and helpful words which are never out of season. Amy's conscience preached her a little sermon from that text, then and there; and she did what many of us don't always do—took the sermon to heart, and straightway put it in practice.
A group of girls were standing about May's table, admiring the pretty things, and talking over the change of saleswomen. They dropped their voices, but Amy knew they were speaking of her, hearing one side of the story, and judging accordingly. It was not pleasant, but a better spirit had come over her, and, presently, a chance offered for proving it. She heard May say, sorrowfully,—
"It's too bad, for there is no time to make other things, and I don't want to fill up with odds and ends. The table was just complete then—now it's spoilt."
"I dare say she'd put them back if you asked her," suggested some one.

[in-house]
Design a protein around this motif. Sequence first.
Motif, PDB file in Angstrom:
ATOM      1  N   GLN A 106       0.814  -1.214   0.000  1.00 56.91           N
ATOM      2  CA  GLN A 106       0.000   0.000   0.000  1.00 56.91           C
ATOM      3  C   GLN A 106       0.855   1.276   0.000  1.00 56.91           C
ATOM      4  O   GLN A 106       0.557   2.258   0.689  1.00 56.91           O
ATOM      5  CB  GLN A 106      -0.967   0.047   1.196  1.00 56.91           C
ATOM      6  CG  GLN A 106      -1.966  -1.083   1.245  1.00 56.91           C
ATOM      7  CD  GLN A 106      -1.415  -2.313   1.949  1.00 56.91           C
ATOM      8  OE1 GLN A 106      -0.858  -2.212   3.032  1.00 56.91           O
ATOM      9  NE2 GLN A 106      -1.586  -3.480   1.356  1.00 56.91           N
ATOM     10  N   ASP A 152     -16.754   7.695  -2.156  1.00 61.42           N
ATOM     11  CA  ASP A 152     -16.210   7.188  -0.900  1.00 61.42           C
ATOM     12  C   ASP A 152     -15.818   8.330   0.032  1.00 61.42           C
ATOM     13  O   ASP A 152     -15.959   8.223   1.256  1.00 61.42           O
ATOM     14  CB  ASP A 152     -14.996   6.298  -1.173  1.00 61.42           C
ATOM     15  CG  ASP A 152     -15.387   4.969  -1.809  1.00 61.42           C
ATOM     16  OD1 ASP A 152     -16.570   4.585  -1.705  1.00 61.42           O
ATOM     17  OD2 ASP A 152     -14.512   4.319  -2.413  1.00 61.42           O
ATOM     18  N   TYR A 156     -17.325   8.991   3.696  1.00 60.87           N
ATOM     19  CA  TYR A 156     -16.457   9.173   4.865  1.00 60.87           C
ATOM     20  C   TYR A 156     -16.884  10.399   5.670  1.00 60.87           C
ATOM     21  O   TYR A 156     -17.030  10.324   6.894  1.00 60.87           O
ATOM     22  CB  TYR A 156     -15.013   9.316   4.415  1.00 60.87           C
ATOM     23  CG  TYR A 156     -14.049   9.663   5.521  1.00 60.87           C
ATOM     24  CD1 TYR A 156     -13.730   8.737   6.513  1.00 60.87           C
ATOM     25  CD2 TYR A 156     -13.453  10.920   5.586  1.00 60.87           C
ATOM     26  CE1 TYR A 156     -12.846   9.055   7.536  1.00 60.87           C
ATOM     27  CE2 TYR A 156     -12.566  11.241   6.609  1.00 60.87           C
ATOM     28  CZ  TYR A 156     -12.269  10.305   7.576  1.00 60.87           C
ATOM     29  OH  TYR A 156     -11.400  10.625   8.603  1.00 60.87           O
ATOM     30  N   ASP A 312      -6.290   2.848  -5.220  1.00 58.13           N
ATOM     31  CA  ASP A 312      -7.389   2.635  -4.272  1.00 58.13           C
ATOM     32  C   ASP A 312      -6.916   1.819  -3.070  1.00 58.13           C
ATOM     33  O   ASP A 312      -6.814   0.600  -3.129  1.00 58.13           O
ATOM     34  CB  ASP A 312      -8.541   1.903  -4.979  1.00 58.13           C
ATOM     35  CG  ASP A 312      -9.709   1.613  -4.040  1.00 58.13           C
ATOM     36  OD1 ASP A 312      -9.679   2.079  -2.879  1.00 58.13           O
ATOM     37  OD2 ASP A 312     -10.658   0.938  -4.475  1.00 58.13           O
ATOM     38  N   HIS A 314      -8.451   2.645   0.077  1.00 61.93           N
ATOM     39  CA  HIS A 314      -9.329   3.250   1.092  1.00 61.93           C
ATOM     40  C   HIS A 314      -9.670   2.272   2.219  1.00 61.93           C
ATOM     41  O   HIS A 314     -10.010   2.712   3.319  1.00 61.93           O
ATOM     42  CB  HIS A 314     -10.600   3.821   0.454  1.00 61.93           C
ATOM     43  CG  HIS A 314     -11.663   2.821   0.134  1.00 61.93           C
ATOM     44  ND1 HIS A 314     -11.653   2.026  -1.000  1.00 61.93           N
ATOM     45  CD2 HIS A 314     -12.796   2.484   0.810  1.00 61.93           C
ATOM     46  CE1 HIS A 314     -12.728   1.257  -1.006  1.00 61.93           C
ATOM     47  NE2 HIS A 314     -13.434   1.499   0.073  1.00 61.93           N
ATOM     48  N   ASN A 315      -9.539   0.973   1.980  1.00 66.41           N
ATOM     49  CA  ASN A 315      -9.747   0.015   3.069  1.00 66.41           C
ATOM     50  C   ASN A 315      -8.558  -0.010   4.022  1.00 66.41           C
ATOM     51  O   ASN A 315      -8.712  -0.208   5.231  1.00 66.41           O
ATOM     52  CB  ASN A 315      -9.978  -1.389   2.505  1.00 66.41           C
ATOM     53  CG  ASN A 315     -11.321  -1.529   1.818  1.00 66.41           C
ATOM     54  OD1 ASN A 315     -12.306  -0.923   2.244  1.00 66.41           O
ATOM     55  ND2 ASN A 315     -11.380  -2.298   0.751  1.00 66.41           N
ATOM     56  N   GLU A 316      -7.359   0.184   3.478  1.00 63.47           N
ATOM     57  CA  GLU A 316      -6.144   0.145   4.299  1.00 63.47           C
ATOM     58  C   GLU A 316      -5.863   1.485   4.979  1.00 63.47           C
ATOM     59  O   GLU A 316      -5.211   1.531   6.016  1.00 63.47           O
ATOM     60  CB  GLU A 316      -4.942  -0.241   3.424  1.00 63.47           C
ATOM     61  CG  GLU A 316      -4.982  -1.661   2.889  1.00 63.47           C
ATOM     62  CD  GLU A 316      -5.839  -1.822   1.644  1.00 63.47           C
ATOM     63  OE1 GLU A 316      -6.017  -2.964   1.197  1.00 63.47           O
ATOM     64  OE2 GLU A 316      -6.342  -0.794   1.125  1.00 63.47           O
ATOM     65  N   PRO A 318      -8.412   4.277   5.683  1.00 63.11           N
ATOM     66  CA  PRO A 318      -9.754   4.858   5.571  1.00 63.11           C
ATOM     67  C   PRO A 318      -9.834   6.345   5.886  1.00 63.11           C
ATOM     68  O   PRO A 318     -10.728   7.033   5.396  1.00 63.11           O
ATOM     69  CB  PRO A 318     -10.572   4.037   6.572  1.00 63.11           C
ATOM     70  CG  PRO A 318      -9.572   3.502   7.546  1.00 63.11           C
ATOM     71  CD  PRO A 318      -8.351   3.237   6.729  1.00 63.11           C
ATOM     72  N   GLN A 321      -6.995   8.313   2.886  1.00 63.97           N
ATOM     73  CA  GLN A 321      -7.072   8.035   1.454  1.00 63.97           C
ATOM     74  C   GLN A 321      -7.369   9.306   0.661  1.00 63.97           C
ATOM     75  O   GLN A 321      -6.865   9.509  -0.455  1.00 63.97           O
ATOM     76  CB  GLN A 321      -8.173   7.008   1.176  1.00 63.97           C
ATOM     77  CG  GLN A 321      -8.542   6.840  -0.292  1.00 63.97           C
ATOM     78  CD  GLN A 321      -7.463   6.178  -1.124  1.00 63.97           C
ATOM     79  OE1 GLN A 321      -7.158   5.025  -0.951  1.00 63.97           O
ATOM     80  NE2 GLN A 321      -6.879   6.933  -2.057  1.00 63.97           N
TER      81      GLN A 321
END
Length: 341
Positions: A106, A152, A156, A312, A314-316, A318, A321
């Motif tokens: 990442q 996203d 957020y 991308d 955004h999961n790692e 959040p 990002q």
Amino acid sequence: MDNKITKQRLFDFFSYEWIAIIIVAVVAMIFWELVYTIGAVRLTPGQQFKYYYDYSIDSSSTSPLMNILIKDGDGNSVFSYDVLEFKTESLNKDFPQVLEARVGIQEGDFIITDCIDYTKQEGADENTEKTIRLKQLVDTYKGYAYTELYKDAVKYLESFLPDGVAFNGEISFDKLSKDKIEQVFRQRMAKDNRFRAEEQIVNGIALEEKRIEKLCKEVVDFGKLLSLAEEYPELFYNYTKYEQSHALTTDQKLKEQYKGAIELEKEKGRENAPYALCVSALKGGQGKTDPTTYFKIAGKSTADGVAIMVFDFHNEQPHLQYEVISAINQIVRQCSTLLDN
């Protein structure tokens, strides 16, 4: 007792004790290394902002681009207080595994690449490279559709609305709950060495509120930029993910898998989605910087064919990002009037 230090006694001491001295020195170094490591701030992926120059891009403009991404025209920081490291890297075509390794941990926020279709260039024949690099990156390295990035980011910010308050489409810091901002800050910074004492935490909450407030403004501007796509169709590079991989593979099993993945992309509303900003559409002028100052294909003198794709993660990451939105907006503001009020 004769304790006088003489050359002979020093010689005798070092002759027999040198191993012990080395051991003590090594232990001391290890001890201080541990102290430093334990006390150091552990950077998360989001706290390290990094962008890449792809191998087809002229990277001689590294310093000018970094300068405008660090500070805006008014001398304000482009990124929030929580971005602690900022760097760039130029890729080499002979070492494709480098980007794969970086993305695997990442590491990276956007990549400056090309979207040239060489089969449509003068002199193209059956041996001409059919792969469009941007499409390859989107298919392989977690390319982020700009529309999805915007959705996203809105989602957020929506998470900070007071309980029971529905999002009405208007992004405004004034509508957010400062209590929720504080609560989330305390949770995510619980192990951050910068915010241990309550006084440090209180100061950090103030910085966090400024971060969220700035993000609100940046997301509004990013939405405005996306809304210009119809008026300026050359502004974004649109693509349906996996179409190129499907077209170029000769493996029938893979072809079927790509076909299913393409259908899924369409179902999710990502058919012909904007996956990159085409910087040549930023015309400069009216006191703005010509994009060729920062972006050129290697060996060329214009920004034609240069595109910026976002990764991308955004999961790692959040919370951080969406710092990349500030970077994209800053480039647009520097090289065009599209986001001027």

"How could I, after all the fuss;" began May, but she did not finish, for Amy's voice came across the hall, saying pleasantly,—
"You may have them, and welcome, without asking, if you want them. I was just thinking I'd offer to put them back, for they belong to your table rather than mine. Here they are; please take them, and forgive me if I was hasty in carrying them away last night."
As she spoke, Amy returned her contribution with a nod and a smile, and hurried away again, feeling that it was easier to do a friendly thing than it was to stay and be thanked for it.
"Now I call that lovely of her, don't you?" cried one girl.